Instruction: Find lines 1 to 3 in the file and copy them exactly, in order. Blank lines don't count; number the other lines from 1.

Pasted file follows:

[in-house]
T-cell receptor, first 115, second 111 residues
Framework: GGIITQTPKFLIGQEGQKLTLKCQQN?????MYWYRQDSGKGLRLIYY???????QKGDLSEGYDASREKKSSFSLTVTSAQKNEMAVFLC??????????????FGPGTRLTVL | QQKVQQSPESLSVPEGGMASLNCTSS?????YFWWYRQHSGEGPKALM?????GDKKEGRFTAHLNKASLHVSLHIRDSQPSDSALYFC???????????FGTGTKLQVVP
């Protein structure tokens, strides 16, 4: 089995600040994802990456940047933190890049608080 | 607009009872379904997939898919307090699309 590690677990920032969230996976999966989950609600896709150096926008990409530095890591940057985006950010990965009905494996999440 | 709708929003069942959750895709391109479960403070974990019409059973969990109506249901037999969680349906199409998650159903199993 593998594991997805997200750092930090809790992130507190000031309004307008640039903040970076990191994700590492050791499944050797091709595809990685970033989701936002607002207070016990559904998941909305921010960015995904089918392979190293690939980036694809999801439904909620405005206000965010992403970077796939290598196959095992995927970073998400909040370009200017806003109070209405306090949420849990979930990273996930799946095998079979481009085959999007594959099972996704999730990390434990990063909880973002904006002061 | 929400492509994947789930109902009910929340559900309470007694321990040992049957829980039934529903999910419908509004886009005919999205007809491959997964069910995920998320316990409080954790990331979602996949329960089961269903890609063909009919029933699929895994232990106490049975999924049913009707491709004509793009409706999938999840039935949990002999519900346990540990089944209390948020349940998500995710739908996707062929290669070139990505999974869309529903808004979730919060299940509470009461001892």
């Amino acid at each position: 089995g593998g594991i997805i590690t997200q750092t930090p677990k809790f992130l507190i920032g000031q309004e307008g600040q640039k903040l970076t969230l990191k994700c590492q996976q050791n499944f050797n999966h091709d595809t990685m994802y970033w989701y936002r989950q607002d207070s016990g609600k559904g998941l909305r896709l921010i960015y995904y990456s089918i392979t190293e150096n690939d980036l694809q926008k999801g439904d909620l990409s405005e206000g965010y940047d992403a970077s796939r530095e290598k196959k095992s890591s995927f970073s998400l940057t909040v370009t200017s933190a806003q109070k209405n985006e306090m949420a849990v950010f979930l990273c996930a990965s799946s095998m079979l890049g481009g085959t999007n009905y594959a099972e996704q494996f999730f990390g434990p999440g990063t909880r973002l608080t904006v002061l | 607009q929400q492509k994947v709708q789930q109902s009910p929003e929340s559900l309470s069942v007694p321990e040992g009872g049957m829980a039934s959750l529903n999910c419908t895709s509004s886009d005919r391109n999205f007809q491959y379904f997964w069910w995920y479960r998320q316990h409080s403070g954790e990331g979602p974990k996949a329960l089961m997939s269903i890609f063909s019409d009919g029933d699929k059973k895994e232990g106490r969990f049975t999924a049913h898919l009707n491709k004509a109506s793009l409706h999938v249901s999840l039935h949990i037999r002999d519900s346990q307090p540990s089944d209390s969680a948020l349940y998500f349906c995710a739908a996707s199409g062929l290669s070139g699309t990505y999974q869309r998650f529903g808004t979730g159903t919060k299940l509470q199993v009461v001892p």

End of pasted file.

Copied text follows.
[in-house]
T-cell receptor, first 115, second 111 residues
Framework: GGIITQTPKFLIGQEGQKLTLKCQQN?????MYWYRQDSGKGLRLIYY???????QKGDLSEGYDASREKKSSFSLTVTSAQKNEMAVFLC??????????????FGPGTRLTVL | QQKVQQSPESLSVPEGGMASLNCTSS?????YFWWYRQHSGEGPKALM?????GDKKEGRFTAHLNKASLHVSLHIRDSQPSDSALYFC???????????FGTGTKLQVVP